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Roseville race teams seek cool runnings in Sonoma

The road course presents a different battle than ovals for cars and drivers
By: Bill Poindexter/Roseville Press Tribune Sports Editor
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They sure look like the same cars — same No. 14 Office Depot Chevrolet driven by reigning NASCAR Sprint Cup champion Tony Stewart, same No. 88 Diet Mountain Dew Chevy shoed by Dale Earnhardt Jr., same No. 24 Rainbow Warrior driven by Northern California hero Jeff Gordon.

But they aren’t. The stock cars that are arriving at Sonoma Raceway for this weekend’s Toyota/Save Mart 350 aren’t the cars fans saw last weekend in Michigan. And the cars that take on the road course in Sonoma won’t be the same cars next weekend in Kentucky.

It’s the same way this week at Bill McAnally Racing in Roseville, where cars driven by Eric Holmes and Cameron Hayley are being prepared for Saturday’s NASCAR K&N Pro Series West Pick-N-Pull Racing to Stop Hunger 200.

Sonoma, formerly known as Infineon Raceway and, before that, Sears Point, is one of two road courses on the Sprint Cup circuit and one of four in Pro Series West this year. Sonoma has 11 turns over 1.99 miles and is unique even from the other road courses in that it has hills.

“It being a road course, we symmetrically set up the car; we try to square it up,” McAnally said Monday at the shop.

There are changes in everything from the transmission and rear end to the suspension: different upper and lower A arms, a tight steering box so the driver gets a quick return coming out of the turns, the biggest brakes money can buy for a stock car, a big sway bar.

“I’ve driven a car that was way too under-sprung on a road course, and you’re spending so much time rolling back and over and rebounding from the last corner you’re not getting your car set up for the next one,” McAnally said.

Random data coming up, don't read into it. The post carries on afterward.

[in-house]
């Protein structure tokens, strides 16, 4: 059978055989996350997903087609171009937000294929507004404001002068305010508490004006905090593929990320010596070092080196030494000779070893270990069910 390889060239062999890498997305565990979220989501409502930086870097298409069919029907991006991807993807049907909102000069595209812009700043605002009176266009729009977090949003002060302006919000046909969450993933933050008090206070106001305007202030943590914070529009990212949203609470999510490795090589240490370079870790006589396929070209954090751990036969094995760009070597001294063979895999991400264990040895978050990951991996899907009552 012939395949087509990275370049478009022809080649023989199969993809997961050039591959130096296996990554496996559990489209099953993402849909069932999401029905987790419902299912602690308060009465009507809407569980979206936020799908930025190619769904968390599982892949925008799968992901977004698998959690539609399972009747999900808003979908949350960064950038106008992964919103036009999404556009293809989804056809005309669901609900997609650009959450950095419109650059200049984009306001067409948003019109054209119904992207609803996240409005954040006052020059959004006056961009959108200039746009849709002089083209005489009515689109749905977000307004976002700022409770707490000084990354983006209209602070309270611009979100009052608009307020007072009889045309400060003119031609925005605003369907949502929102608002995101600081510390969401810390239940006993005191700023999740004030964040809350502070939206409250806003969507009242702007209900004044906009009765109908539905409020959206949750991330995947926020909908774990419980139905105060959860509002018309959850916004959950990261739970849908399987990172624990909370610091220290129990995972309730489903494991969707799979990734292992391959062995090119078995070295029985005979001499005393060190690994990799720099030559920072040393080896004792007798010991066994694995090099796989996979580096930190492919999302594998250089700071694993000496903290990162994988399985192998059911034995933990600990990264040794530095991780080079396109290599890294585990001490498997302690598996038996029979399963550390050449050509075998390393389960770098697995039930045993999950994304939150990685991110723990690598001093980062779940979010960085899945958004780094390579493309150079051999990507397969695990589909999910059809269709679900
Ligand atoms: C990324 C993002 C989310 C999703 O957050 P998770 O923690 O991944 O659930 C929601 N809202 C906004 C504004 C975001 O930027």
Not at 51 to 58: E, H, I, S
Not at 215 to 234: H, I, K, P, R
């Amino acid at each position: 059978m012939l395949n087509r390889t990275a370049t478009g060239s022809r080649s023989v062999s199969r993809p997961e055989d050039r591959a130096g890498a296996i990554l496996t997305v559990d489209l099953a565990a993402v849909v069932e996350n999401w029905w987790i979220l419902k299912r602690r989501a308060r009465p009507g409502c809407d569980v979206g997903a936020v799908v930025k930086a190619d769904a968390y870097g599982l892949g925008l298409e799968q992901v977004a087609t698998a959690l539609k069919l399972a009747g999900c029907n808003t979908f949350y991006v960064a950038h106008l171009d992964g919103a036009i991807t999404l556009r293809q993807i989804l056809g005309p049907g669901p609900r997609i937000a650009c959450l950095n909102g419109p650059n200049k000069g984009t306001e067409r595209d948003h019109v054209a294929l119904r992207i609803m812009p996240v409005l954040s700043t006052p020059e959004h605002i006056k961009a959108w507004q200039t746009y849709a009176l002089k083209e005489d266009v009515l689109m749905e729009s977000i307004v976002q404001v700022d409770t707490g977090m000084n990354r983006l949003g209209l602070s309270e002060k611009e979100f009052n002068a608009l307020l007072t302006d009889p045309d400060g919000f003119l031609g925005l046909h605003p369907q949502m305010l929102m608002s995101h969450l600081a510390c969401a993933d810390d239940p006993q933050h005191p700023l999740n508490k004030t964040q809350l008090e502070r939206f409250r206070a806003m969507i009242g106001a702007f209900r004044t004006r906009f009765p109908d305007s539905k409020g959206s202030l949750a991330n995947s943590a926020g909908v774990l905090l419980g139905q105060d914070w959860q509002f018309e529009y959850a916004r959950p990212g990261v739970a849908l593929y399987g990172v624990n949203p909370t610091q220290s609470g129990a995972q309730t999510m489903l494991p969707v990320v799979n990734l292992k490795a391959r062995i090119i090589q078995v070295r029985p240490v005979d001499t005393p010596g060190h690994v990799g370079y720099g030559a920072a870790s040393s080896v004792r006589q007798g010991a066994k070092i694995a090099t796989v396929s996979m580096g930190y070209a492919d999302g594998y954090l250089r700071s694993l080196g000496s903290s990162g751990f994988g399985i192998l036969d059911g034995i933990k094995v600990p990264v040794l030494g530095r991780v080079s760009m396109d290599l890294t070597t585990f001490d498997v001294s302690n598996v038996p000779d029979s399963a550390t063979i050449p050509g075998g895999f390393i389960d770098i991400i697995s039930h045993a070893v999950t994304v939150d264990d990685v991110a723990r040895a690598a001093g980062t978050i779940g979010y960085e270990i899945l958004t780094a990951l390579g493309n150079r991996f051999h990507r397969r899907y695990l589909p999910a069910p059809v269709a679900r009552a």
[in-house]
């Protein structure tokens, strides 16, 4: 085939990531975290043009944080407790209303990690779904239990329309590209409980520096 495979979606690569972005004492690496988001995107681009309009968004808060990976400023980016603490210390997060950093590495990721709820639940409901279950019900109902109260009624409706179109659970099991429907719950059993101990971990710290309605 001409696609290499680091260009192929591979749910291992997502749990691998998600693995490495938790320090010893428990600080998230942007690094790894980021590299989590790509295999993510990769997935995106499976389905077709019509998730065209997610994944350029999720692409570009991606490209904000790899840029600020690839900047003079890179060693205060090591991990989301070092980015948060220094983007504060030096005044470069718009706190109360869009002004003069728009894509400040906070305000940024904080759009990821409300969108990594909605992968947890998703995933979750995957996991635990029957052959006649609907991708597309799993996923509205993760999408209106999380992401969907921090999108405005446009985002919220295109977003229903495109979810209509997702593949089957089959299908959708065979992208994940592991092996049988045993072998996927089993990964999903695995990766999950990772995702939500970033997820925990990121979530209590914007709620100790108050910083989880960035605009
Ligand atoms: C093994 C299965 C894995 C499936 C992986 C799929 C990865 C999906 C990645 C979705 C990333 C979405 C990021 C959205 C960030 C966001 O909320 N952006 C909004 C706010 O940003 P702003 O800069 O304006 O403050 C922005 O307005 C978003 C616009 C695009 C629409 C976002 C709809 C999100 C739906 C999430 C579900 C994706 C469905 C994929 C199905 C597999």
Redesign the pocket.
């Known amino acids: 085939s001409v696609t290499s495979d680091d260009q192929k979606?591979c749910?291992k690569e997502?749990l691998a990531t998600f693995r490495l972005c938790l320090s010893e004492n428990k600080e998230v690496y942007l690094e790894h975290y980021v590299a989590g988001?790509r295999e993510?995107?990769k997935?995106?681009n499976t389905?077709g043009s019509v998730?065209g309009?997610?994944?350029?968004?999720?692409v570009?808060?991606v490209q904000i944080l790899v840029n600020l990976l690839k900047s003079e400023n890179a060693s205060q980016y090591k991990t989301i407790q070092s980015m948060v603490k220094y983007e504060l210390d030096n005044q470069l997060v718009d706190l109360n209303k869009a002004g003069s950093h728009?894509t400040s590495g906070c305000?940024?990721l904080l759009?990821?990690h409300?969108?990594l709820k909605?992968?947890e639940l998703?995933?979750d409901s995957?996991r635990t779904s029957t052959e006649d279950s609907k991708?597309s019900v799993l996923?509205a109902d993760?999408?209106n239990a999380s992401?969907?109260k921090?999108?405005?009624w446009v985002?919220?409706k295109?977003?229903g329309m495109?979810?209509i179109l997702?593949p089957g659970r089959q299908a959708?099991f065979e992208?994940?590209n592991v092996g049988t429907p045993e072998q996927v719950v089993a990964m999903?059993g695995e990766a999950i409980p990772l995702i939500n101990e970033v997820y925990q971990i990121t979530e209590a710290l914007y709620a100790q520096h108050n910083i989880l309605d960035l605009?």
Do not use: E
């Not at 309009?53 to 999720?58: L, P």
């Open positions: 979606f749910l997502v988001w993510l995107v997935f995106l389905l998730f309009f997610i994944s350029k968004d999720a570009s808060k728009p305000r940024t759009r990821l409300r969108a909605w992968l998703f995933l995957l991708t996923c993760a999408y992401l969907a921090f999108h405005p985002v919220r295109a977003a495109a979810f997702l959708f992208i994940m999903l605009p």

One of the most important changes to a road-course car is keeping it — and the driver — cool.

The brakes are used constantly. The transmission takes a beating with all the shifting, and so does the driver, who’s doing all that shifting while cranking the wheel left and right.

“On a circle track, you just have it in fourth (gear),” McAnally said.

For the road course, the cars will have extra ducts and fans on the rear end, transmission, brakes and, yes, the drivers. Holmes and Hayley will have air conditioning units in their racers.

“It’s important to get as much fresh air to everything to cool it off,” McAnally said. “It’s always a hot time (in Sonoma).”

McAnally to be inducted into West Coast Hall of Fame

Bill McAnally will be inducted into the West Coast Stock Car Hall of Fame during a ceremony Thursday night in Napa.

McAnally, owner of Bill McAnally Racing in Roseville and a former champion driver, will become the youngest living inductee.

BMR has 49 victories in NASCAR K&N Pro Series West, second all-time to Jack McCoy’s 54. BMR’s five series championships — three by Eric Holmes and one each by Brendan Gaughan and Sean Woodside — also is second to Ray Elder’s six.

“It’s going to be quite an honor,” McAnally said.

~ Bill Poindexter

NASCAR IN SONOMA

Friday’s schedule: K&N Pro Series West practice, 8:30-9:30 a.m., 10-11 a.m.; Sprint Cup practice, noon-1:30 p.m.; Pro Series West qualifying, 1:50 p.m.; Sprint Cup qualifying, 3:40 p.m.

Saturday’s schedule: Sprint Cup practice, 9:30-10:15 a.m., 10:45-noon; Pro Series West Pick-N-Pull Racing to Stop Hunger 200, 12:45 p.m.; Legends race, 3:15 p.m.

Sunday’s schedule: Sprint Cup Toyota/Save Mart 350, noon.

Tickets: Visit www.racesonoma.com.